Editor’s Note: Emily was our 2016 Moxie Scholar at Women AdvaNCe. She continues to be a valued part of our community and we celebrate her confidence and drive in pursuing this. We’ll be checking back with her after she cuts her hair.
By Emily Hagstrom
It’s eight pm, and I’m curled up in bed in my Airbnb in Northern France scrolling through the Facebook Feed of the advocacy nonprofits I follow back home. Spoiler alert: Things aren’t looking so good. >>Know Your IX (a survivor based organization dedicated to harassment and violence free schools) and the >>National Women’s Law Center (a women’s advocacy organization based in Washington, DC) display post after post about what looks to be a week from hell (July 10-14).
The Secretary of Education, Betsy DeVos, decided to meet with >>Men’s Rights Activist Groups, giving groups that perpetuate harmful and statistically wrong myths about issues like gender based violence a national platform to >>influence violence prevention and response policy in schools. This is beyond not good. These groups invalidate survivors and make the following claims (against all statistical evidence): that rape is overreported, that women lie about rape and domestic violence, and that when gender based violence happens, it’s the survivor’s fault. They’re not the folks you want helping decide how survivors should be treated.
And let’s not forget a >>statement from the acting secretary for civil rights in the Department of Education that “90%” of rape “accusations” on college campuses come from young women who were drunk, broke up with their boyfriends, or just simply regretted the situation. (For some context, the best research in the world suggests that rape is >>underreported—certainly not over-reported. For further information on this, check out the Orange County Rape Crisis Center’s blog series on rape myths >>here.)
If you’re like me, upon hearing about all this for the first time (whether that’s now or weeks ago when all this actually went down), you were probably a flurry of angry react emojis, caps lock, and “???????????????”. But then, you were probably thinking, there has to be more to life than angry react emojis, caps lock, and “???????????????”
To give a little more context on where my headspace was on this somewhat fateful night, this is the first time I have ever been out of the country in my life. Ever. I am so, incredibly thankful to UNC Chapel Hill and the Phillips Travel Scholarship for bringing me here and allowing me to do my research in such a fulfilling and hands-on way. I truly would not want to be anywhere else.
But, y’all, this is the first time I’ve been out of the country in my life. I’ve always been somewhere in North Carolina ready to react when horrible things like this happen. And now—I felt helpless. And also antsy. I am horrible at sitting still.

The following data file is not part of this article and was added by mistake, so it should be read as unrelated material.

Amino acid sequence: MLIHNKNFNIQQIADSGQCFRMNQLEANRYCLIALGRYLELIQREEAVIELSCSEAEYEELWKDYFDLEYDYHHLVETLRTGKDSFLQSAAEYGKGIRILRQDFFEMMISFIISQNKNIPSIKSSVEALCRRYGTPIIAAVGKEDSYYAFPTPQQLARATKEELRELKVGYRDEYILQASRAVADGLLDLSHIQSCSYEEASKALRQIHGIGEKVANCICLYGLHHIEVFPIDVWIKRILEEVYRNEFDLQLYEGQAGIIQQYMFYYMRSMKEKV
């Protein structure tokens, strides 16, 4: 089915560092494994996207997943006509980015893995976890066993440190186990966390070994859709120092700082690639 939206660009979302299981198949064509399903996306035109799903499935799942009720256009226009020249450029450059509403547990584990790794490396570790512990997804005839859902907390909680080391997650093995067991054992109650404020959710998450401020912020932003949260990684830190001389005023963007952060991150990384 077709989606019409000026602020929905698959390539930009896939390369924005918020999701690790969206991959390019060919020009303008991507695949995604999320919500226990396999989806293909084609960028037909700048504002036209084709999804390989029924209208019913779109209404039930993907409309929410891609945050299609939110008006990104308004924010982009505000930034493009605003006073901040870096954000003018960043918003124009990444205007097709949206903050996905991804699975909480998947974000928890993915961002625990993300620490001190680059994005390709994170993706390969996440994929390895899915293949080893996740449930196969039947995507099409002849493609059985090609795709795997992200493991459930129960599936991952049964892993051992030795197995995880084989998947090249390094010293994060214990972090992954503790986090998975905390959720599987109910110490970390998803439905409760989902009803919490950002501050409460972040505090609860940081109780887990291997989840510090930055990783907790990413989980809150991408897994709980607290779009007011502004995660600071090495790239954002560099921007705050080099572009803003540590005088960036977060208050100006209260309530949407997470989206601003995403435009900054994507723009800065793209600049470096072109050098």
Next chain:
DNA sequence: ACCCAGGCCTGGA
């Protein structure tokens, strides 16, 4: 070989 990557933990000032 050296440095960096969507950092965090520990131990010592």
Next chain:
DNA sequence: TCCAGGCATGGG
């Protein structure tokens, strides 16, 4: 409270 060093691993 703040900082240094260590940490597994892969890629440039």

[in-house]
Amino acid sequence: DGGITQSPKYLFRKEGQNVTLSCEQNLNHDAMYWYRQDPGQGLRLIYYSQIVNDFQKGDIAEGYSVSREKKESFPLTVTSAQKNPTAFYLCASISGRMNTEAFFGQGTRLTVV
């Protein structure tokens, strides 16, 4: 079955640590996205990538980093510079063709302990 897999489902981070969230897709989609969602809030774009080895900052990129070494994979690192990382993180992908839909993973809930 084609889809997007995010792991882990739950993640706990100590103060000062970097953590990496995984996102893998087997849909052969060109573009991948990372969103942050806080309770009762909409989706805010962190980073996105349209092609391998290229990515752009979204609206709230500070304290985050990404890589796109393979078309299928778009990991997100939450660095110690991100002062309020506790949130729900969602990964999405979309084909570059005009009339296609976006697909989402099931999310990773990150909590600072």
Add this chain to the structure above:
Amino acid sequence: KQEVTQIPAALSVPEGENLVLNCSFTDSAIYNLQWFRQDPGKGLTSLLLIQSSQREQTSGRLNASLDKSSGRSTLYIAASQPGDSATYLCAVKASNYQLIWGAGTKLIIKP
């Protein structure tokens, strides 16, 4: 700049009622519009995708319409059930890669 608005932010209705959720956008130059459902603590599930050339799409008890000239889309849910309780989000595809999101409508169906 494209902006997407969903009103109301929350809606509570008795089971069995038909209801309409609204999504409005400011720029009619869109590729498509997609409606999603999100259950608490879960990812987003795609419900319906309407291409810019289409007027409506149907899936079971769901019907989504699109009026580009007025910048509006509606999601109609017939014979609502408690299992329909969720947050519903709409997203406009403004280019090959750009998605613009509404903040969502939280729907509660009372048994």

A glass of wine later, I see a post from the Orange County Rape Crisis Center about something called Punk Cuts to End Rape—a challenge for folks to shear their hair in exchange for donations—and I’m thinking, “Oh, wow, those people are so brave!”
And then in an instant I’m thinking, “What if I were that brave?” It’s worth noting here that I am deeply attached to my hair, so the decision to participate in Punk Cuts may or may not have taken a little bit of prayer, hours of convincing from friends, and a couple more glasses of wine. But in the end, I remembered a pretty basic fact of life: Hair grows.
And honestly, who cares what my hair looks like? I’m so tired of this idea that there’s some Pretty Tax folks have to pay for getting to exist in public. If I cut it all off, it feels like I’m fighting rape culture even more by refusing to conform to some ridiculous societal norm that says women should be dainty, feminine, and constantly pleasing to men. It might not seem like a big deal, but that, in and of itself, is pretty liberating.
So that, in a nutshell, is my story—why I’m participating in Punk Cuts to End Rape. You can come out to The Shearing on >>August 25th from 8:00 pm to 12:00 am at The Station in Carrboro if you want to be a part of an amazing night full of fun, dancing, and supporting the work of the Orange County Rape Crisis Center.
Last but not least, if you can, please donate to >>my fundraising page. (I’ve set a ridiculously high goal of $2,000 which may or may not be unachievable.) >>You can find it at this link. To make the giving even more fun, highest bidder gets to decide what I do with my fair.
If you’re like me, and you’re feeling helpless in the face of everything going on, this is a great way to support local efforts in your community. The >>Orange County Rape Crisis Center does truly incredible work, like teach kids in county schools about consent and healthy relationships, conduct screenings for and teach how to recognize child sexual violence, and of course provide incredible response services for people of all backgrounds who may need support following an assault. This work is incredibly important–especially because every >>98 seconds, someone in the United States commits sexual assault.